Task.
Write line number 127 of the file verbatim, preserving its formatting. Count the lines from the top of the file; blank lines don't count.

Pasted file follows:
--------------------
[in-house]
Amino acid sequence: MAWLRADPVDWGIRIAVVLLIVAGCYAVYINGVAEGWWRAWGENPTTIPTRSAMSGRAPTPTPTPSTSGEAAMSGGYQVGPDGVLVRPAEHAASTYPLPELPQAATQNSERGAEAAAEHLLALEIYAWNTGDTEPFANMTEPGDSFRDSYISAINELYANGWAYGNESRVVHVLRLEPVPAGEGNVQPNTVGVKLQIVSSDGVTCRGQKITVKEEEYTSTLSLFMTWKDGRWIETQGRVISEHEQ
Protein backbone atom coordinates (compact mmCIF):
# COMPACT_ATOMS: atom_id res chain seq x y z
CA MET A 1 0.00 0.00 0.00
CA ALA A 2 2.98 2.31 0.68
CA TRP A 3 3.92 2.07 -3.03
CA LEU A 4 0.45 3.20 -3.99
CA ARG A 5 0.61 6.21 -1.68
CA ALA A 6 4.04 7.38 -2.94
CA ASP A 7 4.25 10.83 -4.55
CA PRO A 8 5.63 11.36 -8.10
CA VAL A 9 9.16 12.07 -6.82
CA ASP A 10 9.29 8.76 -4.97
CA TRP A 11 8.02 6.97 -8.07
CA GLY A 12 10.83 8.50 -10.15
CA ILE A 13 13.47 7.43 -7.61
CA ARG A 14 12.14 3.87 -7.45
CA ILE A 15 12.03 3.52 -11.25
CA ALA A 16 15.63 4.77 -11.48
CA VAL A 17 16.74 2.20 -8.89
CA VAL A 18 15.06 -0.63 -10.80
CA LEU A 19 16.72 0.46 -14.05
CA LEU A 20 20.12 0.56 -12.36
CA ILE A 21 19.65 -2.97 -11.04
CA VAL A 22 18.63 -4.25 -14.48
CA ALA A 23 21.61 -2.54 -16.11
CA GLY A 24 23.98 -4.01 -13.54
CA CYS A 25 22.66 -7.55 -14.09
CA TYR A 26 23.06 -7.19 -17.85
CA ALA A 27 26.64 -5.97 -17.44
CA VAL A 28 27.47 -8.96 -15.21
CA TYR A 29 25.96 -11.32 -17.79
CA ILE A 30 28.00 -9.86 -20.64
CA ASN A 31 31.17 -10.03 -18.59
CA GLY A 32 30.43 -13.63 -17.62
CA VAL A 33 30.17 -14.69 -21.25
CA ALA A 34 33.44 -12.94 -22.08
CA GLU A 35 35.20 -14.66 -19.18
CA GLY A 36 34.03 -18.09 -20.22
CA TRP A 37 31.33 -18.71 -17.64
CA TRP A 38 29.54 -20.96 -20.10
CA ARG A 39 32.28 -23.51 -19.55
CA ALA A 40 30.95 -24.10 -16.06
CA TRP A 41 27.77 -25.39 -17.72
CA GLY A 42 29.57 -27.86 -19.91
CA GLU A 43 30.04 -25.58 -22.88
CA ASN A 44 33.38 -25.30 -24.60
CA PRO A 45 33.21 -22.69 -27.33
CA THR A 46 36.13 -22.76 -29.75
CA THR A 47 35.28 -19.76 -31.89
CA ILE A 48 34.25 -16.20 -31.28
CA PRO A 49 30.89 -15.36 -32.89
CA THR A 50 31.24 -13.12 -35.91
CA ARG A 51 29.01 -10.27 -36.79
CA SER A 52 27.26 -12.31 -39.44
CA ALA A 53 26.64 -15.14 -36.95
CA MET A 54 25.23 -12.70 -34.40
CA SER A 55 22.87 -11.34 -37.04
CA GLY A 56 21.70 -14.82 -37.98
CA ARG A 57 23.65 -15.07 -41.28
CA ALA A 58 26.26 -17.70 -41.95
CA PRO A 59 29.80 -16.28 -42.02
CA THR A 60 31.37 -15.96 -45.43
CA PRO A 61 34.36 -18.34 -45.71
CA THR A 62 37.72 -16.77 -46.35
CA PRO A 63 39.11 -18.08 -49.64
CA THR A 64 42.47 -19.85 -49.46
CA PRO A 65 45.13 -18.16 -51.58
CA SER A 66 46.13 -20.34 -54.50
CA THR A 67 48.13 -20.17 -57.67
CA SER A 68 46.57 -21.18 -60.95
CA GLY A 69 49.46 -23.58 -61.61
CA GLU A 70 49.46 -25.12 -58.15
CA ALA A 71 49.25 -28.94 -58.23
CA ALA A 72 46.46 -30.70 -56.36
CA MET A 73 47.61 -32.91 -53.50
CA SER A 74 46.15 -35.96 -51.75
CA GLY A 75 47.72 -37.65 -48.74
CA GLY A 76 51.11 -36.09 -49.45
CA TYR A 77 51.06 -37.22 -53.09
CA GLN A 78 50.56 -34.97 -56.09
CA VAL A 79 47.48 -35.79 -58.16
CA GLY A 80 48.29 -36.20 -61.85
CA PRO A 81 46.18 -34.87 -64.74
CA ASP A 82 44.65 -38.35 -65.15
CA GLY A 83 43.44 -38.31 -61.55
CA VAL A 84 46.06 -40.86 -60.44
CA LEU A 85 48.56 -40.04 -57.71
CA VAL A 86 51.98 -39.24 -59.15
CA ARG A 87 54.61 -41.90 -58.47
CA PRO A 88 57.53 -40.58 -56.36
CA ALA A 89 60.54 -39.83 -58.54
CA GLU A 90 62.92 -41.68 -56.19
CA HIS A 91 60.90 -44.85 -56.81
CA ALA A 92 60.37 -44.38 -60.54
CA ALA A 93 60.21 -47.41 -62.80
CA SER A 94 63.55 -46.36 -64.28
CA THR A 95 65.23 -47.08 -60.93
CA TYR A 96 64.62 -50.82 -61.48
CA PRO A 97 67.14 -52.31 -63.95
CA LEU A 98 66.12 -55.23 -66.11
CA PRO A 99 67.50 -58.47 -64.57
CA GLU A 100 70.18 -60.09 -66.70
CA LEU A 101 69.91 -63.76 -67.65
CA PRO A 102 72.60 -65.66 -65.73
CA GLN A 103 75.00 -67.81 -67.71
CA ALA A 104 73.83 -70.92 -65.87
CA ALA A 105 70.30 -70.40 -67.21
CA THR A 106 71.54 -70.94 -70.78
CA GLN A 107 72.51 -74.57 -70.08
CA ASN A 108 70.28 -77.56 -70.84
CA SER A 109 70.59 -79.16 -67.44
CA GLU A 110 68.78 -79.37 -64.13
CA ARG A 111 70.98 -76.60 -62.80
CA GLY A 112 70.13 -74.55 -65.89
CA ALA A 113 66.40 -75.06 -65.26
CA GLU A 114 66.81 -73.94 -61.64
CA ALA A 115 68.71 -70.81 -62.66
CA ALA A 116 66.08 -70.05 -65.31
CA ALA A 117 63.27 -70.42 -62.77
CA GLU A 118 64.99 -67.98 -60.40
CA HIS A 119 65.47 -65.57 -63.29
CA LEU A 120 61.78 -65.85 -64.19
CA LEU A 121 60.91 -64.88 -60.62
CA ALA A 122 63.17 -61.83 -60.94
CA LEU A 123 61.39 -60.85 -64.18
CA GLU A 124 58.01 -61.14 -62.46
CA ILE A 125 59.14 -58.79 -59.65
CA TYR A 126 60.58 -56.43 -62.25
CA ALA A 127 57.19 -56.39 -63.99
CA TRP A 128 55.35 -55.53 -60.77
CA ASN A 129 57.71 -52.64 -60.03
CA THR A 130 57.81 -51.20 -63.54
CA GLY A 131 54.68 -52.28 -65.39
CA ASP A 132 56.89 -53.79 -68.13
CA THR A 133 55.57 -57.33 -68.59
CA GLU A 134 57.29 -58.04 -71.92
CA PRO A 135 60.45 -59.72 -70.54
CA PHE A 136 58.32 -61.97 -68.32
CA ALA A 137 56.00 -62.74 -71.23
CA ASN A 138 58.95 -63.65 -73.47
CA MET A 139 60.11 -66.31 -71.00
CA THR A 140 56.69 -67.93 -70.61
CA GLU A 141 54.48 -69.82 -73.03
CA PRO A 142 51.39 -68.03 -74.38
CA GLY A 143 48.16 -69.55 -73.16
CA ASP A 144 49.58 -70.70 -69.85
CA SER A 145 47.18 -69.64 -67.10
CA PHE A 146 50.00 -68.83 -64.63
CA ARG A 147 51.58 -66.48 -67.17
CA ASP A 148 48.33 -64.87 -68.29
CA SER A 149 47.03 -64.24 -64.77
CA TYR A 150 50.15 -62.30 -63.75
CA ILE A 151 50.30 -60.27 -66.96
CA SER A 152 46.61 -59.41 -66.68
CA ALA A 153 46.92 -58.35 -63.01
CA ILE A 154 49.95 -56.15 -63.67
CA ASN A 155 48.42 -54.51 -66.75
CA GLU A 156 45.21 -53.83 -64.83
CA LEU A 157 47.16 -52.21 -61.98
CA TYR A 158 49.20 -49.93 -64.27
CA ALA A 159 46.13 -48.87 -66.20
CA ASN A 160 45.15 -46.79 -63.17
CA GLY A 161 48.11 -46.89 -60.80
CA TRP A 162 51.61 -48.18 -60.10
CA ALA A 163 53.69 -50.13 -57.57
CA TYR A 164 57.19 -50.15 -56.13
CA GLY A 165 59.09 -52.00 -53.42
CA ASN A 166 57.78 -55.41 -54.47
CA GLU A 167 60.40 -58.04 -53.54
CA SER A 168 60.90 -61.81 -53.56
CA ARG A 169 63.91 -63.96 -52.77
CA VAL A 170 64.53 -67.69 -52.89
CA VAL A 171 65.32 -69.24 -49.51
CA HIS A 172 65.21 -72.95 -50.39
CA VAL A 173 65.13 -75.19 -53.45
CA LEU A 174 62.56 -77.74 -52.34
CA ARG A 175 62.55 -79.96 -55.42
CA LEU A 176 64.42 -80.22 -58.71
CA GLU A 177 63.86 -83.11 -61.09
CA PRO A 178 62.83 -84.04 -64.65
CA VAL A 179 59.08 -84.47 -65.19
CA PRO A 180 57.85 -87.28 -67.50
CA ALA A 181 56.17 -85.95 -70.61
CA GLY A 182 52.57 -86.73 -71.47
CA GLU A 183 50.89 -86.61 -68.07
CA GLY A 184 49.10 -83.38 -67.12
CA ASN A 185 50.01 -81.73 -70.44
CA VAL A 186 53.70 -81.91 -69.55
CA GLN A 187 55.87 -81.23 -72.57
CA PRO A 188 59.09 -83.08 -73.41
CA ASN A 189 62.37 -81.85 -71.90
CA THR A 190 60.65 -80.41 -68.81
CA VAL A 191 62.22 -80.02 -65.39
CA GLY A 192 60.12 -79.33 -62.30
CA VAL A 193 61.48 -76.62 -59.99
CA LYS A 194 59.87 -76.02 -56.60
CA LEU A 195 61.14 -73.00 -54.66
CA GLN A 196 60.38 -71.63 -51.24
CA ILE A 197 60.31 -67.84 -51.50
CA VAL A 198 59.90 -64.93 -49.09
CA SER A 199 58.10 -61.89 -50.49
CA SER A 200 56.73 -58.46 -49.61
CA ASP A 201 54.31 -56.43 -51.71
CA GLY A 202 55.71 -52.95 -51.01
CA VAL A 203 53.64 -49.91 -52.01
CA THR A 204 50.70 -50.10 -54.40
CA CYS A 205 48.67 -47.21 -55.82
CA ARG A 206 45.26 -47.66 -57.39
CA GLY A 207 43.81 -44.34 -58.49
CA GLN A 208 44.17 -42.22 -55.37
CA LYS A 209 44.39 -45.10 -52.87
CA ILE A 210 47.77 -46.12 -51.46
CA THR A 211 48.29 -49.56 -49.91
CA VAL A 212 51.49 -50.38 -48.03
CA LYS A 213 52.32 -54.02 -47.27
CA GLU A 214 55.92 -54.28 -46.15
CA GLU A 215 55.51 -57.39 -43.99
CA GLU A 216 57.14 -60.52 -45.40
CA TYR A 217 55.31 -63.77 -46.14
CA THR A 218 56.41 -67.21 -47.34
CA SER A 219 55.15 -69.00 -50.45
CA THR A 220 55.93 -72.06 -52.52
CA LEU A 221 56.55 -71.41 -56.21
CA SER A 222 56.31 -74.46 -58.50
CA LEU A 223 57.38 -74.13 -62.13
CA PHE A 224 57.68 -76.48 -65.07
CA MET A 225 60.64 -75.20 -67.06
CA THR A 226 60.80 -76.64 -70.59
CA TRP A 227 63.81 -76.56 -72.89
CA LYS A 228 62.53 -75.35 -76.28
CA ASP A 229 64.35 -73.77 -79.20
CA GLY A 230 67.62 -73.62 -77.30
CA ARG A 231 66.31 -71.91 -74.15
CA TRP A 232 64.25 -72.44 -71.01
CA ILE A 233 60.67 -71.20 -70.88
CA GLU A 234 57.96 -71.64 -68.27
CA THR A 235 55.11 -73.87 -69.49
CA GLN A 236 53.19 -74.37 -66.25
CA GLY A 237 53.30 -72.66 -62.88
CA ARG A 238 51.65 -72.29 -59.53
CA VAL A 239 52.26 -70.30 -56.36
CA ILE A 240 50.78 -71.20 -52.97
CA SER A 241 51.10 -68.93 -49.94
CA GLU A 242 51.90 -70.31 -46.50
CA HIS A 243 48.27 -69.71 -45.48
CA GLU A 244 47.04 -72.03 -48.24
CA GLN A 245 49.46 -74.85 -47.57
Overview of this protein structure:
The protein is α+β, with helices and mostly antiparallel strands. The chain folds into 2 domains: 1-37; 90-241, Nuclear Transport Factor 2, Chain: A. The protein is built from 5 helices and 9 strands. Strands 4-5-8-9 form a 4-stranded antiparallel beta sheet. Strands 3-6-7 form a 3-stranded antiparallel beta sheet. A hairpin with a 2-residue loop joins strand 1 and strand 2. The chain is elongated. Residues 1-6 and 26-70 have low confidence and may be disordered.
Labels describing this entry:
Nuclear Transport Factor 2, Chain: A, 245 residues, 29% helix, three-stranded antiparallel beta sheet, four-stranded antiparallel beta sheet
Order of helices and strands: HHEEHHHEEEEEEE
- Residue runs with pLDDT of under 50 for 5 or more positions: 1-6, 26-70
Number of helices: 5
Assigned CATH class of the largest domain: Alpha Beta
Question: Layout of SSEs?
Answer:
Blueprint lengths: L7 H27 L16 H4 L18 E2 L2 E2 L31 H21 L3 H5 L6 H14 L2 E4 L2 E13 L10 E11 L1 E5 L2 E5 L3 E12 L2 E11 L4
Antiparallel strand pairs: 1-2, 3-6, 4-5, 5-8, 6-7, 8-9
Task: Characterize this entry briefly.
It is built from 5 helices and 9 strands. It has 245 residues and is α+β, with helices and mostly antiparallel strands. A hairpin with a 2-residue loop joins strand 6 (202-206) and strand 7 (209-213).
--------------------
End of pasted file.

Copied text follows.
CA LEU A 123 61.39 -60.85 -64.18